The ceasefire on Armenian-Azerbaijani contact line was broken 161 times by the Armenian armed forces during last 24 hours, the Azerbaijani Defense Ministry reported on August 5.
Armenian armed forces, located at the nameless heights and the villages of Chinarli, Aygepar and Mosesgerh of Armenia's Berd region, fired at the positions of Azerbaijani armed forces, located in the villages of Kokhanebi and Aghdam of Tovuz region.
Meanwhile, Azerbaijani positions, located at the nameless heights in Gadabay region, took fire from the positions located at the nameless heights and in the Jil village of Armenia's Krasnoselskiy region.
Moreover, Armenian armed forces located in the villages of Barekamavan, Doveh and Voskevan of Armenia's Noyemberyan region, Vozashen, Berkaber, Paravakar and the nameless heights of Ijevan region, fired at Azerbaijani positions located in the villages of Kemerli, Gaymagli, Gizilhajili of Gazakh region and Kohnegishlag of Aghstafa region.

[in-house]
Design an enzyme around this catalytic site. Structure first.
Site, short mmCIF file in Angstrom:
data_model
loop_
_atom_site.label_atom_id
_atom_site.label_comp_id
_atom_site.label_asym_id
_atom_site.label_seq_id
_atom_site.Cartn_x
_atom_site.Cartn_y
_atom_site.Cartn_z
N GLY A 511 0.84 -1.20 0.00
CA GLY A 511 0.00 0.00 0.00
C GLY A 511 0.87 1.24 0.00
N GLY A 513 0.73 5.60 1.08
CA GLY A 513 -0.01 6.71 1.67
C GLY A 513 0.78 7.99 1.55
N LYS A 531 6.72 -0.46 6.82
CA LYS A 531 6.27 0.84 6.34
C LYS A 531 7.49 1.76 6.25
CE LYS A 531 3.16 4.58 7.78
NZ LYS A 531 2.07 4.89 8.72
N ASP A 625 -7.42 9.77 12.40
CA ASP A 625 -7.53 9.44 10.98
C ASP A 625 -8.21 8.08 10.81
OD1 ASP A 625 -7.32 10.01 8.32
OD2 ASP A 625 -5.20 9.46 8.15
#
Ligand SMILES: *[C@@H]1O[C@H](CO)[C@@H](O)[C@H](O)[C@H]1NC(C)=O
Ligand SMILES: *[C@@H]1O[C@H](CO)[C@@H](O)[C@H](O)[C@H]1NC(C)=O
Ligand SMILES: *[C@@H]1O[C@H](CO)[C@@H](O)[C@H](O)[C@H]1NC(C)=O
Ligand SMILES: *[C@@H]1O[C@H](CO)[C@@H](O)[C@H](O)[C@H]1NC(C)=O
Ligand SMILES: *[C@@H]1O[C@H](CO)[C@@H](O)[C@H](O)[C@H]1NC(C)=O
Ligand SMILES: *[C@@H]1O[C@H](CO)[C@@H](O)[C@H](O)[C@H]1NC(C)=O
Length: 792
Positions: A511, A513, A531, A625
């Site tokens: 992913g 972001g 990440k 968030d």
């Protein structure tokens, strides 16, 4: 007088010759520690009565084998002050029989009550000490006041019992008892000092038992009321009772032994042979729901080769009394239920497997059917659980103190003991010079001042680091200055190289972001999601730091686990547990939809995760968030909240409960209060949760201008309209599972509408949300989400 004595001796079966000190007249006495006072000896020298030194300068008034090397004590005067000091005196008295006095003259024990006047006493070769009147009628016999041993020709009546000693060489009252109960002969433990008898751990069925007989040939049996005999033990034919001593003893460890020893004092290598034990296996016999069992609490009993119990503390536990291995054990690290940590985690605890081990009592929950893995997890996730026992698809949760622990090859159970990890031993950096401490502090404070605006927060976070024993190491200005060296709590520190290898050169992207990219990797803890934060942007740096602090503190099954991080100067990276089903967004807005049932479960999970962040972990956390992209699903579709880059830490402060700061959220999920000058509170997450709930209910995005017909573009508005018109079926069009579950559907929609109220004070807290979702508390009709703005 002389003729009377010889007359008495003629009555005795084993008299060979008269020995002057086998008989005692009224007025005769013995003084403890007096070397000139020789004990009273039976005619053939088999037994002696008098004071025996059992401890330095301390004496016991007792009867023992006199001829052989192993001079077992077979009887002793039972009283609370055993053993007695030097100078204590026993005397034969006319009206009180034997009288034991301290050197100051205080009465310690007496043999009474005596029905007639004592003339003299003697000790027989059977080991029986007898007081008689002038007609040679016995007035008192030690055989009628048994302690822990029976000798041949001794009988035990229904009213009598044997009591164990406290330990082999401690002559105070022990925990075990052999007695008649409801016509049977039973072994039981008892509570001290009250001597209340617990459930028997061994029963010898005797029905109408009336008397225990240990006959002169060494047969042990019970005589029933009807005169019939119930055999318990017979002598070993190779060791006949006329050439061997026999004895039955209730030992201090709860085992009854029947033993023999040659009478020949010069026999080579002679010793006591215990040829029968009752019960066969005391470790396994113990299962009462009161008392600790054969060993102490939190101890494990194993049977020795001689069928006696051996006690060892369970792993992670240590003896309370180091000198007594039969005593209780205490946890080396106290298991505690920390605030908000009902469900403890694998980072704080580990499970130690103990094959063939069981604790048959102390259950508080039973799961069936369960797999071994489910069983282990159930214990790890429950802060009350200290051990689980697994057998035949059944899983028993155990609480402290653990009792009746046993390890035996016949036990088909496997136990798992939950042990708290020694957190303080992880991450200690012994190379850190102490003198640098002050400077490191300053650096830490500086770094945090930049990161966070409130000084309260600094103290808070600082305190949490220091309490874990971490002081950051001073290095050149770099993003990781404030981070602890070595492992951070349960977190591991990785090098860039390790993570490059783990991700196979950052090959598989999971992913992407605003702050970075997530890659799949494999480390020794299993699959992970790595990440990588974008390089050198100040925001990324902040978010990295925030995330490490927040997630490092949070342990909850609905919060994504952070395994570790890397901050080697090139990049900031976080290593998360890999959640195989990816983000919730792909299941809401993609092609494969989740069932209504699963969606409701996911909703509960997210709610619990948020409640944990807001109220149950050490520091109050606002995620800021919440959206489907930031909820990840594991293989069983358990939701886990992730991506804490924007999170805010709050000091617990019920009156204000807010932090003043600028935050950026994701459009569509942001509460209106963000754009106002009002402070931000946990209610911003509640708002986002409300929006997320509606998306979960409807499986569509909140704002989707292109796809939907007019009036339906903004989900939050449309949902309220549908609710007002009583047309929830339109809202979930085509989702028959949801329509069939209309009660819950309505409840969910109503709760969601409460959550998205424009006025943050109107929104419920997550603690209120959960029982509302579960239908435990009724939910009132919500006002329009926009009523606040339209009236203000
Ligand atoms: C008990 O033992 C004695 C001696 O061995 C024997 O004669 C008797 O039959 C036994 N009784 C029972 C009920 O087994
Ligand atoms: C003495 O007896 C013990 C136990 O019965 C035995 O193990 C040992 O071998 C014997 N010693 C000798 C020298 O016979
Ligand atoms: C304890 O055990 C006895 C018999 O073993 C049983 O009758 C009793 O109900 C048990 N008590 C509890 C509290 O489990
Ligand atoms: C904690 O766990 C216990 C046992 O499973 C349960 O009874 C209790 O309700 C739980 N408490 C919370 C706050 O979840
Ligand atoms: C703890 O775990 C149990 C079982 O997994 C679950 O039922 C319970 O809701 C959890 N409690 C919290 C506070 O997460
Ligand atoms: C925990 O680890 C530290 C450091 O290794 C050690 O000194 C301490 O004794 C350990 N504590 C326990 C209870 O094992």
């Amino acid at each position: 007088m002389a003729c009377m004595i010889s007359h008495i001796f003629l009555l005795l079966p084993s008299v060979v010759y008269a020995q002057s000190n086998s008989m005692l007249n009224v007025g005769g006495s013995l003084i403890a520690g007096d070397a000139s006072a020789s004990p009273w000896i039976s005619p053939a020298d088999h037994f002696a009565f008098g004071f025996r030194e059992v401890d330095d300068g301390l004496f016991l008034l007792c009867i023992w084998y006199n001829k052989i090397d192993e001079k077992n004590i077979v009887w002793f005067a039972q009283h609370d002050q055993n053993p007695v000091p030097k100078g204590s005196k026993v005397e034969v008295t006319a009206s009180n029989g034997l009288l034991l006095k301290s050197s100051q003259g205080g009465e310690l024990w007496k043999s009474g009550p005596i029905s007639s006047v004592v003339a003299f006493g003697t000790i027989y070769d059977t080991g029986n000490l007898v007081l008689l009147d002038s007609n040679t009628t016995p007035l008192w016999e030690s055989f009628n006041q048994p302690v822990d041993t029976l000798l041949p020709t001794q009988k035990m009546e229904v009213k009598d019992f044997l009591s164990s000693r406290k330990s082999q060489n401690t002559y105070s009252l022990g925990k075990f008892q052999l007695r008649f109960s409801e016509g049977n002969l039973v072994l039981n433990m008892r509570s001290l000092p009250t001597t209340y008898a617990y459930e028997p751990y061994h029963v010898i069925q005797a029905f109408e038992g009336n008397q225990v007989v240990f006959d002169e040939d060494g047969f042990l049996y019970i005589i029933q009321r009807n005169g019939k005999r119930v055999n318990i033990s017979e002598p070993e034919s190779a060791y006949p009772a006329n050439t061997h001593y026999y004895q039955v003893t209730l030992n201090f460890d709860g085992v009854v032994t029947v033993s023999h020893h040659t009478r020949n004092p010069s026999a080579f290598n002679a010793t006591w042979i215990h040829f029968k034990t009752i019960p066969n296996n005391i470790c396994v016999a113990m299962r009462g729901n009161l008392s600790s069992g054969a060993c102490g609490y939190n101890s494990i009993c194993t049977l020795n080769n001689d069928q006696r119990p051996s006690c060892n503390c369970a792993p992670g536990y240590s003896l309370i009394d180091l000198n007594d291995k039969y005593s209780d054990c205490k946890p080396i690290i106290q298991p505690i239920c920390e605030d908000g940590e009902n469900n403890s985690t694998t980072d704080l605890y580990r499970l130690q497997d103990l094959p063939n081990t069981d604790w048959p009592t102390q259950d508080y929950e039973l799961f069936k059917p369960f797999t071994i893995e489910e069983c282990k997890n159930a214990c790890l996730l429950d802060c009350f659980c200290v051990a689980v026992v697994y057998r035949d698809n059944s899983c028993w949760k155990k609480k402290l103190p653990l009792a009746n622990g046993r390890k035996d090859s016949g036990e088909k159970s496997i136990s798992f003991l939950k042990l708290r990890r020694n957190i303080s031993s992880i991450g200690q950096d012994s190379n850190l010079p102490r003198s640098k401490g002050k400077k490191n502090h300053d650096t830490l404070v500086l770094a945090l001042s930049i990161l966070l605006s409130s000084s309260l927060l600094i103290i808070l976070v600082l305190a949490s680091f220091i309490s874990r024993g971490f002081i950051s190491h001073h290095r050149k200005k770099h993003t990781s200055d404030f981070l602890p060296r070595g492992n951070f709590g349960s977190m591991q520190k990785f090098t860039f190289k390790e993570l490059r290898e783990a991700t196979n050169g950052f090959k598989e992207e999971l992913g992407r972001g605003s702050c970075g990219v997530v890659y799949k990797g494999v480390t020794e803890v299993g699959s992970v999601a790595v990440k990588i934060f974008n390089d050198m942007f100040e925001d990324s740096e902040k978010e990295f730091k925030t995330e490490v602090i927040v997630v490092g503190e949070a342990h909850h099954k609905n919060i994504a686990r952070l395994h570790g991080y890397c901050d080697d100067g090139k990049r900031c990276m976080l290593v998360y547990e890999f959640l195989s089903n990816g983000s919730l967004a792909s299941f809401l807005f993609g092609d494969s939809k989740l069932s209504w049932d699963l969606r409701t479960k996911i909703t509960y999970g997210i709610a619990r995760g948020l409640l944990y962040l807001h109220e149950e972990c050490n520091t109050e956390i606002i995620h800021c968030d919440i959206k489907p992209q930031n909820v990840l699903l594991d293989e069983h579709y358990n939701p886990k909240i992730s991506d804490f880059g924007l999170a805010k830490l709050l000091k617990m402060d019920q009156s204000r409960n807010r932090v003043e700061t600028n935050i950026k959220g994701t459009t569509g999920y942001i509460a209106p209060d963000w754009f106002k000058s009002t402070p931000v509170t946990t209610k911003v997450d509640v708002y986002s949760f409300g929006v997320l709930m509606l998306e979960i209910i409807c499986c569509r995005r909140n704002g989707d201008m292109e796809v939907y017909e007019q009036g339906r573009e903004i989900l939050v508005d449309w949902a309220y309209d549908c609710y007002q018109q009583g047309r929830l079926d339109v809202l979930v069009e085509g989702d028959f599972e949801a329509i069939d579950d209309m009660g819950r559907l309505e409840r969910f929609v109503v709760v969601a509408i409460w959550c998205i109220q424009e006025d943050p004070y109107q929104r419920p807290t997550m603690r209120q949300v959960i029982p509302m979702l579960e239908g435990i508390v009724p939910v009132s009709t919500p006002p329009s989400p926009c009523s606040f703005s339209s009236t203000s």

Also, Azerbaijani positions underwent fire from the positions located in the villages of Merzili, Yusifjanli, Shuraabad, Shikhlar, Bash Gervend of Aghdam region, Horadiz, Gorgan, Garakhanbeyli, Ashagi Veyselli, Ashagi Seyidahmadli, Ashagi Abdurrahmanli of Fizuli region, Chileburt, Gizil Oba of Terter region, Tapgaragoyunlu of Goranboy region, Kuropatkino of Khojavend region, Mehdili of Jabrayil region and at the nameless heights in Goygol region.
The opposing side was silenced with return fire.
The conflict between the two South Caucasus countries began in 1988 when Armenia made territorial claims against Azerbaijan.
As a result of the ensuing war, in 1992 Armenian armed forces occupied 20 percent of Azerbaijan, including the Nagorno-Karabakh region and seven surrounding districts.
The two countries signed a ceasefire agreement in 1994. The co-chairs of the OSCE Minsk Group, Russia, France and the U.S. are currently holding peace negotiations.
Armenia has not yet implemented four U.N. Security Council resolutions on the liberation of the Nagorno-Karabakh and the surrounding regions.